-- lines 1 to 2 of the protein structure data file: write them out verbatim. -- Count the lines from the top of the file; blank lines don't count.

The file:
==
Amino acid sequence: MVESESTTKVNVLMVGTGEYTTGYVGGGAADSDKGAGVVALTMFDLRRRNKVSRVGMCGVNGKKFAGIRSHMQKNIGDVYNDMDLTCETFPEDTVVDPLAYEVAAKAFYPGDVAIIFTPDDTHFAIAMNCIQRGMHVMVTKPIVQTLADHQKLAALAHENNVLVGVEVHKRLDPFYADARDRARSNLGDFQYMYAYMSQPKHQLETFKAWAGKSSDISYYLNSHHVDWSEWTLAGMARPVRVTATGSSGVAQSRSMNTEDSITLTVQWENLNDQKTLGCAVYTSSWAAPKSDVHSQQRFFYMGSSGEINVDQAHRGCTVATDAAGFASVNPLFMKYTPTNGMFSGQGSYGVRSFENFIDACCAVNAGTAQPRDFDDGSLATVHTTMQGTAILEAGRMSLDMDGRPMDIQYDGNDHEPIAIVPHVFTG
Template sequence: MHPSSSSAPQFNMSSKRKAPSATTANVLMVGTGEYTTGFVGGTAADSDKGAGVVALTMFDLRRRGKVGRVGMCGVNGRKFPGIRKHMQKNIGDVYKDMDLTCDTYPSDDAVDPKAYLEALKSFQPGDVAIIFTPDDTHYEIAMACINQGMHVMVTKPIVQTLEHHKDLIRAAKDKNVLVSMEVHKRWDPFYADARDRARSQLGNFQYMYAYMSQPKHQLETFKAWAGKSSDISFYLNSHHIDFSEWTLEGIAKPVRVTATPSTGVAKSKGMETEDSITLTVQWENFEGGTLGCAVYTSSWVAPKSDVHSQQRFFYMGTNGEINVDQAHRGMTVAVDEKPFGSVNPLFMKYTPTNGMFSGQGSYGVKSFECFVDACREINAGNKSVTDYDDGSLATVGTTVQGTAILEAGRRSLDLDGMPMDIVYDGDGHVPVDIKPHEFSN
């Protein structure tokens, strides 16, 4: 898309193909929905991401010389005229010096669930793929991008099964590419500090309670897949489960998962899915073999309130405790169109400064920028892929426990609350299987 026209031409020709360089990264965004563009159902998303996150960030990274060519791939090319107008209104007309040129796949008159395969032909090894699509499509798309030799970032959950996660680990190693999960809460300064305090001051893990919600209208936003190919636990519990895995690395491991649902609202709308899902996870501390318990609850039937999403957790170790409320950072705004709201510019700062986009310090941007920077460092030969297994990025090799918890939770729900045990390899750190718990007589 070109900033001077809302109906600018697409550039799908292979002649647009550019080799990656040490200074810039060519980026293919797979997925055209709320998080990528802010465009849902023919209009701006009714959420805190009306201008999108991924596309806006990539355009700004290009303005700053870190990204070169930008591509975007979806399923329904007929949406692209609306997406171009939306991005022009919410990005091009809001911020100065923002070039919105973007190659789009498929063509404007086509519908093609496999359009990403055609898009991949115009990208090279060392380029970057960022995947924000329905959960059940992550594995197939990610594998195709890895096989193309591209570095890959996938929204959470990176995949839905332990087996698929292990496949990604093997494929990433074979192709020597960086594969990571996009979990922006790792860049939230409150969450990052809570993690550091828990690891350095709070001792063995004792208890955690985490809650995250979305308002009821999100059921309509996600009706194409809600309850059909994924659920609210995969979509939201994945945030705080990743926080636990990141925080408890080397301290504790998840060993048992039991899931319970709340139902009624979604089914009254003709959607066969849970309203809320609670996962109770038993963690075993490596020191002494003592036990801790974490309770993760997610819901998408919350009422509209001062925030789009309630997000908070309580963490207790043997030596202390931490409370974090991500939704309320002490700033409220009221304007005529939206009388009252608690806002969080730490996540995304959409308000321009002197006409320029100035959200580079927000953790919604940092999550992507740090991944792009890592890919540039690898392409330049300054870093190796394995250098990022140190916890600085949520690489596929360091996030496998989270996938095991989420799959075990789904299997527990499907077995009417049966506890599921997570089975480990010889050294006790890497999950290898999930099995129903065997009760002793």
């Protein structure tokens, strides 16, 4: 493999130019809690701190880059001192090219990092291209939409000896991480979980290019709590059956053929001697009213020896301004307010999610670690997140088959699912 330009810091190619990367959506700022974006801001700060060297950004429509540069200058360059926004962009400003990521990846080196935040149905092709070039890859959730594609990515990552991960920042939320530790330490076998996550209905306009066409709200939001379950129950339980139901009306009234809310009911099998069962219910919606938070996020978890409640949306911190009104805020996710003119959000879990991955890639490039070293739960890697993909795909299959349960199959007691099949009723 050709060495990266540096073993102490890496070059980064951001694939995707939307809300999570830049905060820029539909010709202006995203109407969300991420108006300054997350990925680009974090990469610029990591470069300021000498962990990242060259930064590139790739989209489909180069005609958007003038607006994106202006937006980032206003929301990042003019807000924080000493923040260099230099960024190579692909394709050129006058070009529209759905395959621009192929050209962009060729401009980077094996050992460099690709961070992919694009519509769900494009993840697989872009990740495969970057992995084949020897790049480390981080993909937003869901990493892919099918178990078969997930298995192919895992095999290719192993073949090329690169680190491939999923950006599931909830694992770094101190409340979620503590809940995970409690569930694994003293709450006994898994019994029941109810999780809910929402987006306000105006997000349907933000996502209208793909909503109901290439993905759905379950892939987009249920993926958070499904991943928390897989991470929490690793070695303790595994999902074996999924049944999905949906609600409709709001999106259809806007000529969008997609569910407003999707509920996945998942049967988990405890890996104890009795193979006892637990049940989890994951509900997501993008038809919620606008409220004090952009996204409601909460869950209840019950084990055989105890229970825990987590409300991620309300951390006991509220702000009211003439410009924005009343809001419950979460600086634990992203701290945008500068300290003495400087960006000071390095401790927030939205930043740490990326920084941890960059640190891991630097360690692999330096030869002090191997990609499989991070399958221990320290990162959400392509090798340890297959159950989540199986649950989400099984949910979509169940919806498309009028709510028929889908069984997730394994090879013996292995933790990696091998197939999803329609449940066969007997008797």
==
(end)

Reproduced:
Amino acid sequence: MVESESTTKVNVLMVGTGEYTTGYVGGGAADSDKGAGVVALTMFDLRRRNKVSRVGMCGVNGKKFAGIRSHMQKNIGDVYNDMDLTCETFPEDTVVDPLAYEVAAKAFYPGDVAIIFTPDDTHFAIAMNCIQRGMHVMVTKPIVQTLADHQKLAALAHENNVLVGVEVHKRLDPFYADARDRARSNLGDFQYMYAYMSQPKHQLETFKAWAGKSSDISYYLNSHHVDWSEWTLAGMARPVRVTATGSSGVAQSRSMNTEDSITLTVQWENLNDQKTLGCAVYTSSWAAPKSDVHSQQRFFYMGSSGEINVDQAHRGCTVATDAAGFASVNPLFMKYTPTNGMFSGQGSYGVRSFENFIDACCAVNAGTAQPRDFDDGSLATVHTTMQGTAILEAGRMSLDMDGRPMDIQYDGNDHEPIAIVPHVFTG
Template sequence: MHPSSSSAPQFNMSSKRKAPSATTANVLMVGTGEYTTGFVGGTAADSDKGAGVVALTMFDLRRRGKVGRVGMCGVNGRKFPGIRKHMQKNIGDVYKDMDLTCDTYPSDDAVDPKAYLEALKSFQPGDVAIIFTPDDTHYEIAMACINQGMHVMVTKPIVQTLEHHKDLIRAAKDKNVLVSMEVHKRWDPFYADARDRARSQLGNFQYMYAYMSQPKHQLETFKAWAGKSSDISFYLNSHHIDFSEWTLEGIAKPVRVTATPSTGVAKSKGMETEDSITLTVQWENFEGGTLGCAVYTSSWVAPKSDVHSQQRFFYMGTNGEINVDQAHRGMTVAVDEKPFGSVNPLFMKYTPTNGMFSGQGSYGVKSFECFVDACREINAGNKSVTDYDDGSLATVGTTVQGTAILEAGRRSLDLDGMPMDIVYDGDGHVPVDIKPHEFSN